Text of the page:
Zambia: Church's Participation in Government's Politics Controversial
10 June 2011
THE counsel given by the Global Training Network should help our vocal Church leaders track their habits and make them realise that their actions could morph into something far more sinister and self-destructive.
Some clerics have gushingly taken to attacking the Government at the slightest opportunity they have, under the guise of advocating what is supposed to represent their popular social reform agenda.
That has been part of the problem that has made many Christians in our country struggle with the Church's involvement in socio-political-economic issues.
We agree with what Apostle Barney Mulenga says in a story we are carrying on our front page today, that a point that requires no debate is that public leaders are there to work for the betterment of their communities just like Church leaders should.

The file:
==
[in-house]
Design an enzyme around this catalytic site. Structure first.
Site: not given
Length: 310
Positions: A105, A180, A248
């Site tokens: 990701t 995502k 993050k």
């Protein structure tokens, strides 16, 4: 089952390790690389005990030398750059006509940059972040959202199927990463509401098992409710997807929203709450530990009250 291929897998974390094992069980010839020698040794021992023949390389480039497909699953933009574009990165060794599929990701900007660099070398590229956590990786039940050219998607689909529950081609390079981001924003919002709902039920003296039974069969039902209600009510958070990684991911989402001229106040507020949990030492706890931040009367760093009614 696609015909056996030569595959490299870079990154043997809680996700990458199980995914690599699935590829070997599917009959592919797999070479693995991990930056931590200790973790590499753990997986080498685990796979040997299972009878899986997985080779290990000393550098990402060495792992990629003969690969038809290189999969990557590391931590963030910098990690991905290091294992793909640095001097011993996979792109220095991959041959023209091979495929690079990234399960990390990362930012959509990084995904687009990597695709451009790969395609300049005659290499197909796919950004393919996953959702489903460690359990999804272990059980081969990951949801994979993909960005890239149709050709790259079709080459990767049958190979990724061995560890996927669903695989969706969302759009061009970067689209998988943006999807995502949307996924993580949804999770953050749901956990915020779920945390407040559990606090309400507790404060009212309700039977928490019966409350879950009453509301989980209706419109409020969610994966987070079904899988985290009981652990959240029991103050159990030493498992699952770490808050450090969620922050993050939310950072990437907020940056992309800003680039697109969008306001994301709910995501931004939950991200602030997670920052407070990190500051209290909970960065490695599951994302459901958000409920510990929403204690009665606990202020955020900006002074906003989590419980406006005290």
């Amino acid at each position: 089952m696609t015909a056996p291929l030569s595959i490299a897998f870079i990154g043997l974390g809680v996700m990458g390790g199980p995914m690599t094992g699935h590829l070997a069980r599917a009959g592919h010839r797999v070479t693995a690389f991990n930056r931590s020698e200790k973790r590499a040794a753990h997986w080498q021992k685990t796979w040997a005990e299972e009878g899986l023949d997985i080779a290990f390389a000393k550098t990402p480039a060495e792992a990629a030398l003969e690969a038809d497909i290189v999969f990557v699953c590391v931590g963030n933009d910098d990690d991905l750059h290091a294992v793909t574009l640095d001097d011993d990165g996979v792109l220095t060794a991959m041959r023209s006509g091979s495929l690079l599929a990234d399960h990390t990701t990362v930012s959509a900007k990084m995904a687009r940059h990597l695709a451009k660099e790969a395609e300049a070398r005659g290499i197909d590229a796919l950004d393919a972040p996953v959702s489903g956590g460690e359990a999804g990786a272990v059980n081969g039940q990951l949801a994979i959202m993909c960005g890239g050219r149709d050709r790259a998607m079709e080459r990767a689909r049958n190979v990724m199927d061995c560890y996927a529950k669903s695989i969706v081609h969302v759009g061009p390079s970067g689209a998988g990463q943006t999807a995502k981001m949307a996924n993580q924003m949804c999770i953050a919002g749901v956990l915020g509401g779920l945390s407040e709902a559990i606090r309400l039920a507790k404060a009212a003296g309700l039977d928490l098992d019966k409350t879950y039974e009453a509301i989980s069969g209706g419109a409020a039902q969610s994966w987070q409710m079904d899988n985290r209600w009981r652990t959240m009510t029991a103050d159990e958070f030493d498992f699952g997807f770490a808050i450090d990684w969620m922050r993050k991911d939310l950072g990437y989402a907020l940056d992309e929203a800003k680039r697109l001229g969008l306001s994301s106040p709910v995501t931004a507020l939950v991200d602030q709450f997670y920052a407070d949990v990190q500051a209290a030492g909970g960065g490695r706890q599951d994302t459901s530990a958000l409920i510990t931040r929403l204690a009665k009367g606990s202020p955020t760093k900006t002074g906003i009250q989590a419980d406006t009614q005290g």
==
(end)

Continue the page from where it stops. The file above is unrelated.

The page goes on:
But the apostle is convinced that the key role the Church should play in politics is through its prophetic ministry.
Some Biblical scholars have taken "prophetic" to mean speaking into policy, structure, or issues in the name of God and Christ, or on behalf of humanity in general or of a community in particular.
The prophetic role is seen in the application of relevant moral norms to the current political concerns of the day.
In our situation, it is the manner in which some clerics have mounted rooftops to savage everything the Government does that has given the impression that there is a rift between the Church and our national leaders.
Some Church leaders have openly aligned themselves with some opposition parties and have taken the role of gunslingers in as far as Government programmes are concerned.
As President Banda says, the Government is always open for dialogue and advice, and there is absolutely no need for such unnecessary antagonism.
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